At least 61 people have been arrested in Ferguson and surrounding areas overnight as protests grew violent after a grand jury decision in the US against indicting a white police officer who fatally shot Michael Brown, an unarmed black 18-year-old, in August.
Police in St Louis County, Missouri, released the arrest records early on Tuesday, which showed charges including burglary, trespassing and unlawful possession of a firearm.
"I've covered riots and unrest in many countries and this was far from the worst I've seen.
Also, I was impressed, at least in the few areas I was able to observe, by the restraint shown by police. At least in comparison to what went on here in August.
There was no repeat of the military-style tactics, police dressed as soldiers and carrying infantry rifles.
I saw some armoured vehicles but where I was at least, they didn't drive at protesters in a threatening manner. They hung back behind police lines.
Of course this is just the first hours of what could be an ongoing situation.
But talking to people who live here, angry as they are at the grand jury decision, most seem to want peaceful protests on both sides.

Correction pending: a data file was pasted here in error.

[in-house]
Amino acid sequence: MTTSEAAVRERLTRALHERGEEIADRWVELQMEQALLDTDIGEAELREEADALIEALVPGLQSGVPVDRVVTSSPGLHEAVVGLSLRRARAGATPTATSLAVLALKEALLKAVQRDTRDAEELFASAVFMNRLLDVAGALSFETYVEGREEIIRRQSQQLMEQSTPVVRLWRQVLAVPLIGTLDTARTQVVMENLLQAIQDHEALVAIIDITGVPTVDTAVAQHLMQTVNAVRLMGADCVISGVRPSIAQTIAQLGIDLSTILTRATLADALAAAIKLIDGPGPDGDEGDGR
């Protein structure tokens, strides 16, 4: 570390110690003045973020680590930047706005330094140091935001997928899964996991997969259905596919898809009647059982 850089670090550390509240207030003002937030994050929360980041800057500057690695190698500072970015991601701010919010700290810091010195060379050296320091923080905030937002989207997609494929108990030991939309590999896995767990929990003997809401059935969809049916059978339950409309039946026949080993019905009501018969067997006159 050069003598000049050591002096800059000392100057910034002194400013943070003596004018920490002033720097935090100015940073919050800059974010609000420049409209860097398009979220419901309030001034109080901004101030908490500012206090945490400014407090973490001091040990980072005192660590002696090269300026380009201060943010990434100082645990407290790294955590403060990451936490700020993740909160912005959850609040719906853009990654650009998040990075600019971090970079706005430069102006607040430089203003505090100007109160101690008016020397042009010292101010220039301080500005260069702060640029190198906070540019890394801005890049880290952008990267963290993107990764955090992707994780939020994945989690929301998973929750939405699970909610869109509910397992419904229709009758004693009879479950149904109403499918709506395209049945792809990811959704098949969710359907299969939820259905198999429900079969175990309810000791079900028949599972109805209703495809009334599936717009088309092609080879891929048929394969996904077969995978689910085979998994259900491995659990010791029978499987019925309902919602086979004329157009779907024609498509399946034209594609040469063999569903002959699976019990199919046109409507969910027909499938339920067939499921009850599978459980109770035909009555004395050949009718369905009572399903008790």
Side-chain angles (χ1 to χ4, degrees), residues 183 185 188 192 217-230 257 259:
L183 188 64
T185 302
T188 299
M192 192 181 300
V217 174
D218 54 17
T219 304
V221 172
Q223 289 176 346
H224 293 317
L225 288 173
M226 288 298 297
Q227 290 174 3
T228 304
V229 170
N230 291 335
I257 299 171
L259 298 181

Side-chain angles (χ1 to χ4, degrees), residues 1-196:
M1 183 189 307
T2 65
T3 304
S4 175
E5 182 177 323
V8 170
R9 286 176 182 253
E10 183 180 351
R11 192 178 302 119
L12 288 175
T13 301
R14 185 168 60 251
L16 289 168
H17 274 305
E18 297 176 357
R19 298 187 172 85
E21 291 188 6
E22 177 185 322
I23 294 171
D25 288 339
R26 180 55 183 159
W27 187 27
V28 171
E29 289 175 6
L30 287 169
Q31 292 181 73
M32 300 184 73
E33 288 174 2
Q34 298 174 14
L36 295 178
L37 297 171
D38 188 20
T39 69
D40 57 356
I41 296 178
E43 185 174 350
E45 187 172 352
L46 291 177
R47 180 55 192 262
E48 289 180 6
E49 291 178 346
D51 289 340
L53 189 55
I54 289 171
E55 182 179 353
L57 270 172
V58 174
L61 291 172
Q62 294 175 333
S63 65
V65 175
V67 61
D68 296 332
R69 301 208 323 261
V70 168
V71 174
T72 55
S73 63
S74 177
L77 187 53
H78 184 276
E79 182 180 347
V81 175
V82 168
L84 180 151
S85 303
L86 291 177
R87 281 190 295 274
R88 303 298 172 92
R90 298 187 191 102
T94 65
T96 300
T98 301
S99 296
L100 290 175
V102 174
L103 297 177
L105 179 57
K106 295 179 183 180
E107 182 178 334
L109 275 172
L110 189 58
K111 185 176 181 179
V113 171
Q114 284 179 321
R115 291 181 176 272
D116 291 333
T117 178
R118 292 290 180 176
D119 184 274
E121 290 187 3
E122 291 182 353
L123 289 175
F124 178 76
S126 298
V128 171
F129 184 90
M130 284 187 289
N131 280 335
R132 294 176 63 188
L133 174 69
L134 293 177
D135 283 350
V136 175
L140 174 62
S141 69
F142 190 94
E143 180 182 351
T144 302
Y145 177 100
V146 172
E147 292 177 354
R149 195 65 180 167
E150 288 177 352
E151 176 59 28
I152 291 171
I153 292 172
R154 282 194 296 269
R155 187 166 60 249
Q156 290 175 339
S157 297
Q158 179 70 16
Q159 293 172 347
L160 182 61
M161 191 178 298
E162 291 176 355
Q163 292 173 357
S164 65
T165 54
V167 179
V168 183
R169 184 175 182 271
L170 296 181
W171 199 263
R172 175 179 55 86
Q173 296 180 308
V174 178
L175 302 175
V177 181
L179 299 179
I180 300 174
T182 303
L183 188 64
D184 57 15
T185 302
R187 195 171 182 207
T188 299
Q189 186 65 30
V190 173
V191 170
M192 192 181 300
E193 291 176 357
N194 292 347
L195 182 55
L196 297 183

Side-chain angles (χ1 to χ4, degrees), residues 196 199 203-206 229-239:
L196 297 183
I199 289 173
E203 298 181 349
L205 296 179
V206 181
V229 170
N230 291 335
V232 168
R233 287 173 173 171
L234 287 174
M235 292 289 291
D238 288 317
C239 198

As one woman said to us during the evening "looting and burning don't help us tell the world how bad things are here. They just make it look like our fault. It's not our fault. We shouldn't have to live this way. Michael Brown should still be alive."
Wilson shot Brown 12 times according to evidence presented to the grand jury, with witness reports differing as to whether and when Brown had raised his hands.
Angry protesters overran barricades and taunted police in Ferguson, with some chanting "murderer" and others throwing stones and bottles, as police car windows were smashed and protesters tried to set vehicles ablaze.
Officers responded by firing smoke and pepper spray into the crowd, as some onlookers tried to stop others from taking part in the violence.
Brown's mother cried when she heard the verdict, and had to be taken away by supporters.
Brown's family released a statement saying they were "profoundly disappointed" but asked that the public "channel your frustration in ways that will make a positive change."
The protests spread throughout other parts of the US on Monday night, despite calls for calm by President Barack Obama.
Activists held demonstrations in New York, Chicago, Washington and Greensboro, North Carolina.
In Oakland, California, marchers shut down the 580 freeway in both directions, carrying banners that read "Arrest Darren Wilson".
Wilson was the officer involved in the shooting.
Speaking in New York, civil rights activist Al Sharpton condemned the grand jury's decision.
"It was expected but still an absolute blow to those of us that wanted to see a fair and open trial," he said.
"I think that it is clear that even when you see a blow coming that you expected, it still hurts none the less.
"We can lose a round but the fight is not over. Thank you."